To do that, the coaching staffs need to stay somewhat intact. Pacific's Bob Thomason arrived in 1988. UC Irvine's Pat Douglass took over in 1997. UC Santa Barbara's Bob Williams got his gig in 1998. Cal State Northridge's Bobby Braswell, who earned the league's automatic berth last season, started with the Matadors in 1996.

"These are good jobs in great locations," Monson said. "I was ready again after 90 straight days going to the bus stop, ready mentally to take a head job again. And doing that for three months made me appreciate this job, made me appreciate what I have here. This is a great set up for me."

• The ACC media projected Duke and North Carolina in a dead heat for first place. That's a fair guess, as neither team is expected to dominate. Both could challenge for the national title, but both are flawed -- Duke in speed and quickness and Carolina in the experience of its guards.

But the rest of the poll is clearly debatable. Clemson was picked third, followed by Georgia Tech, Maryland, Wake Forest, Florida State, Virginia Tech, Boston College, Miami, Virginia and NC State.

A few certainties from my vantage point: Clemson, with its questionable perimeter shooting, won't finish third, and the experience and productivity returning at BC will prevent the Eagles from finishing ninth. Both are NCAA tournament teams in my mind, and so are Maryland, Georgia Tech, Wake Forest and likely Florida State. Yes, that's a possible eight teams in contention for bids out of the ACC, which is unlikely. But the balance in this league could lead to a banner season. I'm not sold yet on whether Virginia Tech or Miami can get there.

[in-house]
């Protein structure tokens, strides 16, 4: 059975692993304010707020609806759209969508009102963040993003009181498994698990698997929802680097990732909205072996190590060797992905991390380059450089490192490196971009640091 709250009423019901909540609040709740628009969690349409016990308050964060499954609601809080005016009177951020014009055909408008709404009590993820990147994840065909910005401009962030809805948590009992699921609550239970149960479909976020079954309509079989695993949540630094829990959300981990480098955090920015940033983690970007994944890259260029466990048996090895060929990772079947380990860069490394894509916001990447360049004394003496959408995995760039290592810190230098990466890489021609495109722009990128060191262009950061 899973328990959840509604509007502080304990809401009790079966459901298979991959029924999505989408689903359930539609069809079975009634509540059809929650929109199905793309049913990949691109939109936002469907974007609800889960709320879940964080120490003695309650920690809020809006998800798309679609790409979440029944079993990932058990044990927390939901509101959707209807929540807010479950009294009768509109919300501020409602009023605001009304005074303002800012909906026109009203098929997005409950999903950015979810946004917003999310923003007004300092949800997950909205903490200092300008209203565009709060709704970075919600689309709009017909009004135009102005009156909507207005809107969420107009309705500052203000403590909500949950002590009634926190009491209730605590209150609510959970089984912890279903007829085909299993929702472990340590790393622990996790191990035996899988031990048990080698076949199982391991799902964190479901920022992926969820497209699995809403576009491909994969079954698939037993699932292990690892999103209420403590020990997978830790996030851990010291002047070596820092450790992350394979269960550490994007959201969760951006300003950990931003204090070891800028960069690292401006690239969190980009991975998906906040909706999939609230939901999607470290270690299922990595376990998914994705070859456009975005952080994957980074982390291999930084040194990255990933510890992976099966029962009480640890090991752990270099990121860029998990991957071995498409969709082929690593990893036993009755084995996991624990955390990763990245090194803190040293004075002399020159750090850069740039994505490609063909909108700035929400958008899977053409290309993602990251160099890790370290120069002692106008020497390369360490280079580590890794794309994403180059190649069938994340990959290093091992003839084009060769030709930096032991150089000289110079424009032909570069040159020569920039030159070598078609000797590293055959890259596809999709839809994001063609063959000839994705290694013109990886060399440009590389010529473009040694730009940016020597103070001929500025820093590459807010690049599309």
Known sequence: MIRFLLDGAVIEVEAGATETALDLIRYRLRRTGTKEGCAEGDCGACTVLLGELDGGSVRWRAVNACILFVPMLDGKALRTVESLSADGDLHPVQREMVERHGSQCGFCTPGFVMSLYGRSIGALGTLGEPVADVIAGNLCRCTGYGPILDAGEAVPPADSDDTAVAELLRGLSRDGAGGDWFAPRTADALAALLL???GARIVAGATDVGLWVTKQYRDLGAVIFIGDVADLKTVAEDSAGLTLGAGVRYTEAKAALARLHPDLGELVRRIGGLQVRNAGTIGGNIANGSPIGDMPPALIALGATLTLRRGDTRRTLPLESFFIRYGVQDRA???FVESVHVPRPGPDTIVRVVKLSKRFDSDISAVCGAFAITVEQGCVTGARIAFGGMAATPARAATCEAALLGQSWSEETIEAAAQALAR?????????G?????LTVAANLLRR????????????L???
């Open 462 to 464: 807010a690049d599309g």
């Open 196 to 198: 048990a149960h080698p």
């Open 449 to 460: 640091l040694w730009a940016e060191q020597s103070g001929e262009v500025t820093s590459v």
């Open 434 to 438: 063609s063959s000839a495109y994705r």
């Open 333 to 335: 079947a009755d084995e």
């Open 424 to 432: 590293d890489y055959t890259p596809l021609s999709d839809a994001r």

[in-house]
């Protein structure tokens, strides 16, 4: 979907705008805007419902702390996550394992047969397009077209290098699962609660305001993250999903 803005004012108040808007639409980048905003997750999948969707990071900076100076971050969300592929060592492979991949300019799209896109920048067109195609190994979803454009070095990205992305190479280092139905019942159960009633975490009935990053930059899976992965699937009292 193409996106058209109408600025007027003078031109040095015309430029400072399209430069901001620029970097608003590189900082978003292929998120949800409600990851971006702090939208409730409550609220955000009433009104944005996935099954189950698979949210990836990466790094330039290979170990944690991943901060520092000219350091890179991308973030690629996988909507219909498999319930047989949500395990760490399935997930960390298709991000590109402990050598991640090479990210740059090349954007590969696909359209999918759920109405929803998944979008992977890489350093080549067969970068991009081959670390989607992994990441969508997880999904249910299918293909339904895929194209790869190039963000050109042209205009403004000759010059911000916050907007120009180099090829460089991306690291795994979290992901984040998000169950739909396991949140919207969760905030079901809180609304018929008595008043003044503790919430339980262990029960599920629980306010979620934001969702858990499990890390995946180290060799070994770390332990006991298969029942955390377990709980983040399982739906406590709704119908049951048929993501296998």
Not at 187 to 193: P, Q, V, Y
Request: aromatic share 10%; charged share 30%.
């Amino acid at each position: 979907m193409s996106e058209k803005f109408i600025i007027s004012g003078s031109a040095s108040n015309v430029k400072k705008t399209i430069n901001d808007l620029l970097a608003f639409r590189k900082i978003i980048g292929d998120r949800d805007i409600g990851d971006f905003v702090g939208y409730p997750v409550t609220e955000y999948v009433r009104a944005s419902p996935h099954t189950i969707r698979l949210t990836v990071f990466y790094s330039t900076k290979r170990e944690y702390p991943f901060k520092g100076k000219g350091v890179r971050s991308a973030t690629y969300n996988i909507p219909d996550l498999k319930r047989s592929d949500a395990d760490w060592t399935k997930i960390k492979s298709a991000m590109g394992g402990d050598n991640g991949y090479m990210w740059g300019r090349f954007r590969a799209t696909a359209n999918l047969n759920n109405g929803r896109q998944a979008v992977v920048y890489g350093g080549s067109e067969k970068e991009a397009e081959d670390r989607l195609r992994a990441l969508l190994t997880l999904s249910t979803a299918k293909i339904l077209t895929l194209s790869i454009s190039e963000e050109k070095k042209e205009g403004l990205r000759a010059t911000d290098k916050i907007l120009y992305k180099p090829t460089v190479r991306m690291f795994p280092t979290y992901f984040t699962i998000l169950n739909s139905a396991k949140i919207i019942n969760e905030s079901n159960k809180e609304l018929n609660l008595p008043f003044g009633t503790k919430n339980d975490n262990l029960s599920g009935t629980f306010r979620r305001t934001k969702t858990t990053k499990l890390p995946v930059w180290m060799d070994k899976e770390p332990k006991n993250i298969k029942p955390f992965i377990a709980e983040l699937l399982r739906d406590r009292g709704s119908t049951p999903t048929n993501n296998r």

• Stats from intrasquad scrimmages don't mean much in the big picture, but they're still worth sharing.

USC desperately needs North Carolina transfer Alex Stepheson to be a major force this season. His numbers were solid in the Trojans' Gold and Cardinal scrimmage Sunday night: 13 points in 20 minutes and five boards. Leonard Washington played even though he's academically ineligible this semester. Clearly, Washington needs work -- he went 1-of-11 from the field.

If Wisconsin is going to keep its NCAA tournament streak going (11 straight appearances), Jon Leuer will need to be effective. He wasn't during Sunday's scrimmage, going 2-of-12. Trevon Hughes could be this team's stud, and he did have three steals. But he also had three turnovers and four assists.

Renardo Sidney hasn't been cleared by the NCAA's eligibility center to compete in games, but he can practice and be involved in scrimmages for Mississippi State. He certainly tantalized the Bulldogs staff with 19 points and seven boards in a 7-of-16 outing (3-of-7 on 3s, too) in 31 minutes during a Saturday afternoon scrimmage. All-America shot-blocker Jarvis Varnado was on the same side as Sidney and scored 22, making seven of 10 shots, nailing all eight free throws and blocking five shots. That was according to the box score. But the press release reported he scored 33 points. That probably tells you all you need to know about scrimmages. Either way, the Bulldogs will take a big night from Varnado. The bigger concern would be Ravern Johnson's going 2-of-13 and missing all eight 3s he attempted.

• Washington is trying to reach out to Gonzaga with a proposal to play a series in Seattle every year at Key Arena, with UW assistant athletic director Richard Kilwien saying the game would bring in $300,000 per school in the 50-50 ticket split. But the Zags' argument is that they already play a game in Seattle every season for their fans in the western part of the state. Gonzaga wants a true home-and-home series to resume with the start of the series back in Spokane -- and the Zags aren't budging. Kilwien and the rest of the Huskies aren't either, saying that they're not interested in a home-and-home series. So the stalemate continues, and the series won't continue. Gonzaga does have a true home-and-home with Washington's Pac-10 rival, Washington State.